Huawei found itself in the center of another scandal when they passed DSLR photos as they were shot with the company’s smartphone. If you think this sounds familiar, you’re right. Huawei did it before, not once, not twice – but three times. And I guess the third time wasn’t a charm so they did it again for the fourth time.
As an attempt to stop fake news from spreading, Twitter is soon going to start labeling deceptive content. This includes “deceptively edited” photos, deepfake videos, and manipulated content that could cause “harm to physical safety, widespread civil unrest, voter suppression or privacy risks.”
I don’t know why, but I always get a shock when I see how many fake products there are out there. Not clearly marked 3rd party alternatives, but products actually designed and branded to look like the originals. We see it with memory cards regularly and even camera strap accessories, but fake batteries are also out there. Canon has been doing something about the latter, though.
Canon has announced that they’ve won a lawsuit against two eBay sellers for selling counterfeit “Canon” batteries. While 2 sellers may not sound like a lot, the fact that Canon even went after them is certainly going to give other counterfeit sellers some pause for thought.
I guess we all know that most of the stuff on Instagram is fake: likes and followers, travels, faces and bodies, even pancakes! So it’s probably not a surprise that a young woman recently posted a fake hiking photo which was taken in her own backyard. But what makes it funny is that she got busted for it by her own sister.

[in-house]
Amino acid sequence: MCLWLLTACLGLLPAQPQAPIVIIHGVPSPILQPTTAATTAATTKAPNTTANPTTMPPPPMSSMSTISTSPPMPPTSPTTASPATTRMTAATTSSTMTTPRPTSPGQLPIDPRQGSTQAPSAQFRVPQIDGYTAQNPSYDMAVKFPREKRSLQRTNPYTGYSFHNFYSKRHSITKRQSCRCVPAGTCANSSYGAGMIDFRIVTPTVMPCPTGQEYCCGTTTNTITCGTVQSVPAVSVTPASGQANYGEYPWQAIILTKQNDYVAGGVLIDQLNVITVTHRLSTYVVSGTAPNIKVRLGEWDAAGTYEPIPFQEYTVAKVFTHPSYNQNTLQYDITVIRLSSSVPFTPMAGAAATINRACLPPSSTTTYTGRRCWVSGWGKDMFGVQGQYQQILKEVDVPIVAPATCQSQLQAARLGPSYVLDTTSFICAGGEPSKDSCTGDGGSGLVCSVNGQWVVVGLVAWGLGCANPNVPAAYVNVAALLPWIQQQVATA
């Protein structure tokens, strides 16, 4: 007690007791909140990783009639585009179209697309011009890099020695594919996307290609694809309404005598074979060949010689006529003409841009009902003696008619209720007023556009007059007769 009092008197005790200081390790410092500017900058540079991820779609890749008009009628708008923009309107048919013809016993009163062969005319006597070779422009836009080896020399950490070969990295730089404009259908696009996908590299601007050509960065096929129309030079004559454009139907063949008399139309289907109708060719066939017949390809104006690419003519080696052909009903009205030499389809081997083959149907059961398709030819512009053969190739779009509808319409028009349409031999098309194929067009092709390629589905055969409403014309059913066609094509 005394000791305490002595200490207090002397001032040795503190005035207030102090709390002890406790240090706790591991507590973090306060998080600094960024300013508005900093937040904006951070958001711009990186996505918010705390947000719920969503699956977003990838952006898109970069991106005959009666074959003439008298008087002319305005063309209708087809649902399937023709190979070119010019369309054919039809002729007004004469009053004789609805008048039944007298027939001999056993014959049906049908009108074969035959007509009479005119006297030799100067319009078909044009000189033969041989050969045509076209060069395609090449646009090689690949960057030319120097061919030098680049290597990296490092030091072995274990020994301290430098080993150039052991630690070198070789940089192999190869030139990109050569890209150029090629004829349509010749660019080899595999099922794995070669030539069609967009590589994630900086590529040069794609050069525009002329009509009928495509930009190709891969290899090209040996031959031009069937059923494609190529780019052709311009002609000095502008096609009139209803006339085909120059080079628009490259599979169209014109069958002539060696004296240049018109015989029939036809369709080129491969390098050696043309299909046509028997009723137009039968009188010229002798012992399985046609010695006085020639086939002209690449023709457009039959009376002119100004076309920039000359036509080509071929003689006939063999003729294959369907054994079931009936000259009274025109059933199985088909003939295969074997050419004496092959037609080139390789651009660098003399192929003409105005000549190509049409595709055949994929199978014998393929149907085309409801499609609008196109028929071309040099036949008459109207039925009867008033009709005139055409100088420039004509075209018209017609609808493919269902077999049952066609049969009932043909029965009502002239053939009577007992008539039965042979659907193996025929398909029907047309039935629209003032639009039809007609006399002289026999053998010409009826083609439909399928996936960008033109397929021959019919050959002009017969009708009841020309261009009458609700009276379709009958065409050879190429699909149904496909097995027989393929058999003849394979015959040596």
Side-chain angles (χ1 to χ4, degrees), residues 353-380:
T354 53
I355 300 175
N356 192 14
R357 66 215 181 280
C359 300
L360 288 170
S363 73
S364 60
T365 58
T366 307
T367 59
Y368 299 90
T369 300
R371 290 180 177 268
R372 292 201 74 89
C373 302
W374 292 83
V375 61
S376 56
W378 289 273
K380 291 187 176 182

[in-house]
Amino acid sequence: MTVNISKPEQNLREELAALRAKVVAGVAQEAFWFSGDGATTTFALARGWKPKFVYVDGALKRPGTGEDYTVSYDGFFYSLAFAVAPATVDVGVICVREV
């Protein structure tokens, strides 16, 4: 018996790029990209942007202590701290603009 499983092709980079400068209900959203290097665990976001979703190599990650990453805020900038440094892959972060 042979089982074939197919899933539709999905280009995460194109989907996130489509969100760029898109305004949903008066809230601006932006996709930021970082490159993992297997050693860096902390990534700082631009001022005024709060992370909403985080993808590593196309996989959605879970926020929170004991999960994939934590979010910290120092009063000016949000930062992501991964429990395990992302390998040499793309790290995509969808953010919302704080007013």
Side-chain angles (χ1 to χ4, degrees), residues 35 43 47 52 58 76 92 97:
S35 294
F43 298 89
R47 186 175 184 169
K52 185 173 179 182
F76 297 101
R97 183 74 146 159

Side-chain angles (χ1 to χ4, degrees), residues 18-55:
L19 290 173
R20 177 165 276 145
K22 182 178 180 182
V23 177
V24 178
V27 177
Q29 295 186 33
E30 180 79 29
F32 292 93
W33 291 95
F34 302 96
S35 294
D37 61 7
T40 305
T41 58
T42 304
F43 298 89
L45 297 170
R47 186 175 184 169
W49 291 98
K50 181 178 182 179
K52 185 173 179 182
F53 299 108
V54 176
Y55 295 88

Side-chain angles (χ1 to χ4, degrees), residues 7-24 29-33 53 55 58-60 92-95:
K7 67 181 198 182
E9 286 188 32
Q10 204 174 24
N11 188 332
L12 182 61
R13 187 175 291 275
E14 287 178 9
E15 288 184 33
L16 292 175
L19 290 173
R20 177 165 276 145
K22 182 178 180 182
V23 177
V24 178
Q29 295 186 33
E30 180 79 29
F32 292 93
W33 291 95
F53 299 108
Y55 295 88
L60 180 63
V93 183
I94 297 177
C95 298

If you shoot film, pay attention to what you’re buying. There have been reports that fake Fujifilm 35mm film has appeared on the market. The company warns that this non-genuine film can contaminate your developer solution, which can definitely pose a big problem.
Image manipulation has never been easier or more accessible. From professional photo editing software to game-like apps on our phones, there are plenty of options to fake images nowadays. In an attempt to spot and prevent fake images, a group of scientists has suggested a pretty unusual detection method. They want to implement a fake photo detection system directly into cameras.
When National Geographic published Beth Moon’s images of “the world’s oldest trees by starlight,” seasoned astrophotographers like Adrien Mauduit cried foul. Not only were sections of the sky cloned, but specific stars were appearing in portions of the sky that were physical impossibilities. As other astrophotographers chimed in, a microbiologist emerged as the most eagle-eyed of the bunch. Dr. Elisabeth Bik, a science consultant who runs Microbiome Digest (@microbiomdigest), started finding more manipulation in Moon’s work, as well as other images on the Nat Geo website and by photographers like Steve McCurry.
It’s nothing new that Instagram celebrities share fake stuff on their profiles: from fake pancakes to a (poorly) photoshopped trip to Paris. But sadly, millions of followers believe that their lives are indeed just as glamorous as they portray them. YouTube and Instagram star Gabbie Hanna decided to do something about it. She posted a series of photos from this year’s Coachella, but all of them were photoshopped. Rather than being busted by followers, she admitted herself that she faked the whole thing. She basically fought fire with fire because she wanted to show how easy it is for social media to fool us.
Huawei was busted two times before for passing off DSLR photos as their smartphone camera images. Well, it has happened again. To show off camera capabilities of the latest P30 phone, Huawei used stock photos, as well as a photo from someone’s portfolio. Needless to say – all of them were taken with a DSLR.